Studying natural variation leads to interesting biology

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Model organisms are models for a number of reasons: they’re relatively easy to work with in the lab, or there are a lot of experimental tools available, or maybe even simple interia. But given that they’re models and various neat mutagenesis assays are available for toying around with them, people often forget that even model organisms often show a massive amount of natural variation. There’s a reason to map this natural variation over variation due to mutagenesis: it’s been visible to selection, and so may highlight key nodes of networks that are open for adaptive (or neutral change).

A beautiful example of this has just been published in an elegant paper in Nature, in the nemotode C. elegans. In some strains of this species, after a male mates with a hemaphrodite (males are rare, and most reproduction occurs via selfing), it deposits a “copulatory plug” that decreases the fitness of those males that follow him (stained red in the figure on the right). In other strains, there’s no such plug. So a natural question is: what’s the genetic basis for this phenotype, and what is its evolutionary history?

First, the answer to the first question: the authors map the trait to a retrotransposon insertion into a previously unknown gene. This gene share homology with the mucins, and is specifically expressed in around 12 cells of the male vas deferens (in green on the right). Personally, I never cease to be amazed by the discovery of new genes in sequenced model organisms, but it’s happened so much that perhaps I should get used to it.

The authors then go on to show that strains that express the plug overlap in their ranges considerably with strains that don’t. This suggests little fitness effect of the retrotransposon insertion, and this seems to make sense–C. elegans evolved from a species with obligate male=female reproduction (where presumably the plug was advantageous) to a species where most reproduction is by selfing (where a plug is likely more neutral). Overall, a really nice story.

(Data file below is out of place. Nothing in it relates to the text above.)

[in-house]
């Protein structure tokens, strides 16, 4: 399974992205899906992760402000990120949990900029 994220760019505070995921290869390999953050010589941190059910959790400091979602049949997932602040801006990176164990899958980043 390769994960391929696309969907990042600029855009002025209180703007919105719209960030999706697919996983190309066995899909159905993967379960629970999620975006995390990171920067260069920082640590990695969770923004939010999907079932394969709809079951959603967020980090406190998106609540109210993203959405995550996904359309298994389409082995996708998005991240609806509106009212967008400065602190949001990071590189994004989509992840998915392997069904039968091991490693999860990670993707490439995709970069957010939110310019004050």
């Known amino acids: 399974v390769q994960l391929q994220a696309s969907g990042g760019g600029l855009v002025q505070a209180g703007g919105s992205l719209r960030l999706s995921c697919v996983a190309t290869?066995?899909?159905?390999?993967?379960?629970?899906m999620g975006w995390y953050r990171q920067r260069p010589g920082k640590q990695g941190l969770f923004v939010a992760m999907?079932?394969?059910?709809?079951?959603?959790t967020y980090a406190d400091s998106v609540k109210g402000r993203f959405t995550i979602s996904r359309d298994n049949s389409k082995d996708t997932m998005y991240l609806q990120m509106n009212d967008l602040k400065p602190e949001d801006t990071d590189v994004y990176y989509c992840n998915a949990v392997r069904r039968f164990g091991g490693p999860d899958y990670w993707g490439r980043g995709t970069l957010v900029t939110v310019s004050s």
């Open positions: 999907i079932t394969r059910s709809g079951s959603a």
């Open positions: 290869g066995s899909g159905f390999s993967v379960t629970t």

1. snicker… 
    Most of the available natural isolates of the nematode Caenorhabditis elegans have been examined and compared with the standard laboratory wild type (Bristol N2). Molecular markers, in particular transposon restriction fragment length polymorphisms, were used to assign these isolates to 22 different races, for which brood size and spontaneous male frequency were determined. Several distinctive traits were observed in some of these races. One example is mab-23, in a race from Vancouver, which leads to severe distortion of male genitalia and prevents male mating. Another is gro-1, segregating in a Californian race, which is associated with slow growth, heat resistance and longevity. Many races differ from N2 in carrying a dominant allele at the plg-1 locus, causing copulatory plug formation by males. Properties and possible advantages of the plugging trait have been investigated. The dominant plg-1 allele does not lead to increased male mating efficiency, but males from a Stanford race (CB4855), in which the plugging trait was first observed, are much more virile than N2 males. Crosses between N2 and CB4855 indicate that the higher virility is due to multiple factors. Size differences between N2 and CB4855 are associated with factors mapping to LGV and LGX.

  2. or maybe even simple interia.  
    Did you use this word just to annoy the commenters on the previous thread? ;) 
    (I had to look up a Latin dictionary to confirm that this word does in fact exist.)

  3. Did you use this word just to annoy the commenters on the previous thread? ;) 
    ha. nope, just a typo.

  4. males from a Stanford race (CB4855), in which the plugging trait was first observed, are much more virile than N2 males 
    clearly not conserved in humans :)

  5. s/N2/Berkeley/g 
    There, fixed it for you!